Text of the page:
Out of roughly 100 billion stars in the Milky Way galaxy, a new analysis of Kepler data shows that around 17 percent of them have Earth-sized planets orbiting them, meaning there could be as many as 17 billion Earth-sized worlds. Kepler’s mission is to find and document Earth-sized planets at greater distances. The more planets discovered with Earth-like orbits in the habitable zone, the greater the chances of extraterrestrial life.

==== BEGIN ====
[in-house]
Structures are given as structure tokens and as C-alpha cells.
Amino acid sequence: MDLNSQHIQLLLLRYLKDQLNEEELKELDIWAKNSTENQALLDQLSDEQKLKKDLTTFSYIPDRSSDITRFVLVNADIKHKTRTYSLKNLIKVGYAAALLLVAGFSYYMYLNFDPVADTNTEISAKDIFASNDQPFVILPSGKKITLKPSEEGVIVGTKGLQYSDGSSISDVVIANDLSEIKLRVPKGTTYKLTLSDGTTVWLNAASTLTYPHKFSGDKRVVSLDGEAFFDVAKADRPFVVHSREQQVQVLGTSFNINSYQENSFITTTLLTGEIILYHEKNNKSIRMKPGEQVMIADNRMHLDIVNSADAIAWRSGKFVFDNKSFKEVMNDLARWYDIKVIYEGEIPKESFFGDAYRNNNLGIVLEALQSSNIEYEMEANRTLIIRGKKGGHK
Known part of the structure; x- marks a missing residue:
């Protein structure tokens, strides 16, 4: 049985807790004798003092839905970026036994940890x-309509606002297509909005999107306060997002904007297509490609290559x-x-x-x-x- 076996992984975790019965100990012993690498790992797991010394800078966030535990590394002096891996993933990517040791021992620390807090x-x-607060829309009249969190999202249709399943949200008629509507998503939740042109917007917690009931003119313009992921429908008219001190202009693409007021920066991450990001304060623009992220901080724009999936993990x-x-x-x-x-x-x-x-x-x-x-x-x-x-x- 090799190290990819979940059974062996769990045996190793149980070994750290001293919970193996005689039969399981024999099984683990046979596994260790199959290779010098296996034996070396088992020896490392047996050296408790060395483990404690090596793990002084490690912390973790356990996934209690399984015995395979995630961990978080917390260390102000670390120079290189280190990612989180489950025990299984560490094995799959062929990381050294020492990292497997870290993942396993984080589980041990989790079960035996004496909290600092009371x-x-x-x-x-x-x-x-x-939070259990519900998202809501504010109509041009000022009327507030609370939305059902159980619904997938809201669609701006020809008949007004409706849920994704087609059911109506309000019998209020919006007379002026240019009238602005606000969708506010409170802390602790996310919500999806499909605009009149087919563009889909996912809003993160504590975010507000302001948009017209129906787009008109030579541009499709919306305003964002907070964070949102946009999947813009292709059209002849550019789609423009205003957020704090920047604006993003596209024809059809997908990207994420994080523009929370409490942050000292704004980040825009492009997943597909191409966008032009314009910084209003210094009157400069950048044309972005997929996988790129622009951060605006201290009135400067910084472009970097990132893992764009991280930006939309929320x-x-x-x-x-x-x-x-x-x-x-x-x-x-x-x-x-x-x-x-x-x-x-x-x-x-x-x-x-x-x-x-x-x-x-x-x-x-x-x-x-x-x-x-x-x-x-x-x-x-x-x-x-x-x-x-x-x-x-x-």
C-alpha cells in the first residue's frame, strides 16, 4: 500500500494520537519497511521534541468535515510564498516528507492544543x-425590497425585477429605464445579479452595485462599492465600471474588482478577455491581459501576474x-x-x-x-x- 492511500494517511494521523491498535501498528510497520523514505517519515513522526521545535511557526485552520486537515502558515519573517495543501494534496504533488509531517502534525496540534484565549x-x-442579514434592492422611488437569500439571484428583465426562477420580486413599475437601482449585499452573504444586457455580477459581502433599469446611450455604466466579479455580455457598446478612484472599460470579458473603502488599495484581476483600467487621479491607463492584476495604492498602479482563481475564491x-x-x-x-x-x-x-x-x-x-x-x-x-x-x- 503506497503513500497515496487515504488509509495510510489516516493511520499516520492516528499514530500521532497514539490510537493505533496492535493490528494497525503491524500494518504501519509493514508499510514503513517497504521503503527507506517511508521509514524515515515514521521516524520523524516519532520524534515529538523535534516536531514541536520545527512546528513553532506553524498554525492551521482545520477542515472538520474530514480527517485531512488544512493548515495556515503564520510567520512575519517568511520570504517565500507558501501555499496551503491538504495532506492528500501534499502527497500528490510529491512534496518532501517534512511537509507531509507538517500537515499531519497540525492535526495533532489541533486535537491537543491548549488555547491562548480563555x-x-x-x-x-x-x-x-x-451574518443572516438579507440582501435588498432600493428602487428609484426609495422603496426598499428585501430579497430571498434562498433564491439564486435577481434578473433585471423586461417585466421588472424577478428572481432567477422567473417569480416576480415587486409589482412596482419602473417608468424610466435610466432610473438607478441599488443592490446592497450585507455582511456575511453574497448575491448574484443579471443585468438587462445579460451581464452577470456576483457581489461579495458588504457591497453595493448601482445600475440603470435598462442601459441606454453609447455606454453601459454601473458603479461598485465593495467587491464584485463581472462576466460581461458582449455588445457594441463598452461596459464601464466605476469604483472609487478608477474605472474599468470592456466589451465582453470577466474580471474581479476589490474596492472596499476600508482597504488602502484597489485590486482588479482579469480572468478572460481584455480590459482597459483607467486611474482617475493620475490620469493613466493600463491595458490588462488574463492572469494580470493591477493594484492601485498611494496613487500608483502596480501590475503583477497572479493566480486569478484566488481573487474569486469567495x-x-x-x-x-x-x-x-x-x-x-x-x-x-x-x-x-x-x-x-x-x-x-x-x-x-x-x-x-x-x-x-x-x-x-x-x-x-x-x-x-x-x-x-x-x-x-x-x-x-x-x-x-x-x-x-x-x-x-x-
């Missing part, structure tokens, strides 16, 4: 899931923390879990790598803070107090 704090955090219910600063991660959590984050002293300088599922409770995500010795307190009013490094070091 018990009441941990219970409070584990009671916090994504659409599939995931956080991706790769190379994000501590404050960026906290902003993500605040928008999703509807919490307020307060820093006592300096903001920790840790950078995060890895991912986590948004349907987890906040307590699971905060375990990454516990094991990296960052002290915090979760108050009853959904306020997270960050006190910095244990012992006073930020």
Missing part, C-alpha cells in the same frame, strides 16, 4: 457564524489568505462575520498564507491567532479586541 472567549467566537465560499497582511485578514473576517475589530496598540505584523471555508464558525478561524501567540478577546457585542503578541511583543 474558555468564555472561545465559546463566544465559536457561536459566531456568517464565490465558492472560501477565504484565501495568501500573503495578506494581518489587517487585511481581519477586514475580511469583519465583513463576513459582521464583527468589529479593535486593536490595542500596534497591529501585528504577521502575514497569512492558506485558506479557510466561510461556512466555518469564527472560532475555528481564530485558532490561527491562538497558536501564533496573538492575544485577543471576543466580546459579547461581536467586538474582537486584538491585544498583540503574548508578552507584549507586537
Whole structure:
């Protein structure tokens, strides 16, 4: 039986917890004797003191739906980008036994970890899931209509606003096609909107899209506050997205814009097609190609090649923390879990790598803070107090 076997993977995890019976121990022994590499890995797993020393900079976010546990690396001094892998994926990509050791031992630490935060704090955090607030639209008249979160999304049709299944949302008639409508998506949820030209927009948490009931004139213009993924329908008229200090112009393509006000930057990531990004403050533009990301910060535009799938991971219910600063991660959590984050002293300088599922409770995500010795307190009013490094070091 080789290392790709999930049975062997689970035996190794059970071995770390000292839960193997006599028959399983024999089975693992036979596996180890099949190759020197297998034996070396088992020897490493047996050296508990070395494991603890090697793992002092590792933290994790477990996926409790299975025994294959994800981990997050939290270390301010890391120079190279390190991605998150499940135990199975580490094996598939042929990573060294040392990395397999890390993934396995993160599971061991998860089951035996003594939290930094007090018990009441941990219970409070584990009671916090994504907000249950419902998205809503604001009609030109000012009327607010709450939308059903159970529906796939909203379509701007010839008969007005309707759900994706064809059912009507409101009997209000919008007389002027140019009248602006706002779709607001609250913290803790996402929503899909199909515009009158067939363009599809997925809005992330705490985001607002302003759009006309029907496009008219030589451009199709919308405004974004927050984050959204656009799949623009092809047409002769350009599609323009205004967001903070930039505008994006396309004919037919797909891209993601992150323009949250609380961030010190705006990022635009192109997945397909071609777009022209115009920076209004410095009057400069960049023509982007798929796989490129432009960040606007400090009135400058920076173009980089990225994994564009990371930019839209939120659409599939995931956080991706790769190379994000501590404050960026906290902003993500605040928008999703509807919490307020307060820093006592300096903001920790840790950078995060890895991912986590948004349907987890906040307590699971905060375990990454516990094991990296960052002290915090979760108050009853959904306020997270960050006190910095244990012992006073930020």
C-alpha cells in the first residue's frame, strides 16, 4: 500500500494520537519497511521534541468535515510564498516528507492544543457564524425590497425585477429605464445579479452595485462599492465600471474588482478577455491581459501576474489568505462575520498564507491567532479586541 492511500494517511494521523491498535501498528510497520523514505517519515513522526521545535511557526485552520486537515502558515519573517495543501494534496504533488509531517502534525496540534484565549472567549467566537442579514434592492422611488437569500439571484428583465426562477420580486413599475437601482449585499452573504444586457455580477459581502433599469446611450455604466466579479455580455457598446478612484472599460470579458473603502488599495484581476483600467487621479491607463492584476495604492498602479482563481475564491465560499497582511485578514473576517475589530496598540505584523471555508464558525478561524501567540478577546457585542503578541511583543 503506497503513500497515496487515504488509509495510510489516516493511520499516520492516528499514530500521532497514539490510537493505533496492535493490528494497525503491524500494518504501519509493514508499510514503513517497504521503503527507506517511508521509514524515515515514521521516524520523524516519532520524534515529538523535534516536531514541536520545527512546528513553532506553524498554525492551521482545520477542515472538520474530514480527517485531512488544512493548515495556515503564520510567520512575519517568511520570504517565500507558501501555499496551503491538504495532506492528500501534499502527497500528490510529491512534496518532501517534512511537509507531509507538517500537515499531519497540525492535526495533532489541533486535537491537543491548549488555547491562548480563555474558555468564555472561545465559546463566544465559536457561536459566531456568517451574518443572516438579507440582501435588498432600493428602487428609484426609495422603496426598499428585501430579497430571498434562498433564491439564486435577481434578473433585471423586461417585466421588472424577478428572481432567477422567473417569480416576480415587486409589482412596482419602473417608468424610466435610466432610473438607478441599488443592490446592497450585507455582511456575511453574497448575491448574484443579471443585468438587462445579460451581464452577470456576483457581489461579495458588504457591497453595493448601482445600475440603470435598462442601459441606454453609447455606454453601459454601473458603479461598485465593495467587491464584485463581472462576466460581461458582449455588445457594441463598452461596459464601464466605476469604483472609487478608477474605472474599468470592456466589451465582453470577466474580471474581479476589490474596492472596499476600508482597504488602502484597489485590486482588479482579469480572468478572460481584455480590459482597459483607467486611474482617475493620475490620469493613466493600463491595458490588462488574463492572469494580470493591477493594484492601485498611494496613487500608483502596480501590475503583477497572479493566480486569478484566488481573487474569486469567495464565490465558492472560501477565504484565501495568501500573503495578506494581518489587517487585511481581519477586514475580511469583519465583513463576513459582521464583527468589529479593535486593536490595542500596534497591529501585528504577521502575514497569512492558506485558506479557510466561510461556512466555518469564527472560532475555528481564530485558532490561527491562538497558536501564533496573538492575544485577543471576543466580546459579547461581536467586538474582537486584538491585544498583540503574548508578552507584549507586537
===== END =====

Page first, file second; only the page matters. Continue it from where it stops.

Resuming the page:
Being a similar size to Earth isn’t the only qualification for a life-sustaining planet, there are other criteria…
#5. Does it contain the essentials elements for building and sustaining life (carbon, hydrogen, oxygen, nitrogen and phosphorus – arguably iron as well.)?
#4. Is it nice and warm during parts of the year and a little chillier during other parts of the year?
#3. Are there little people all making noises, yelling, waving and holding big signs saying “this speck contains life”? (ala Horton Hears a Who) #2. Is it pristine and beautiful and does it contain enough inner wealth so we might lay it to waste in an orgy of self indulgence?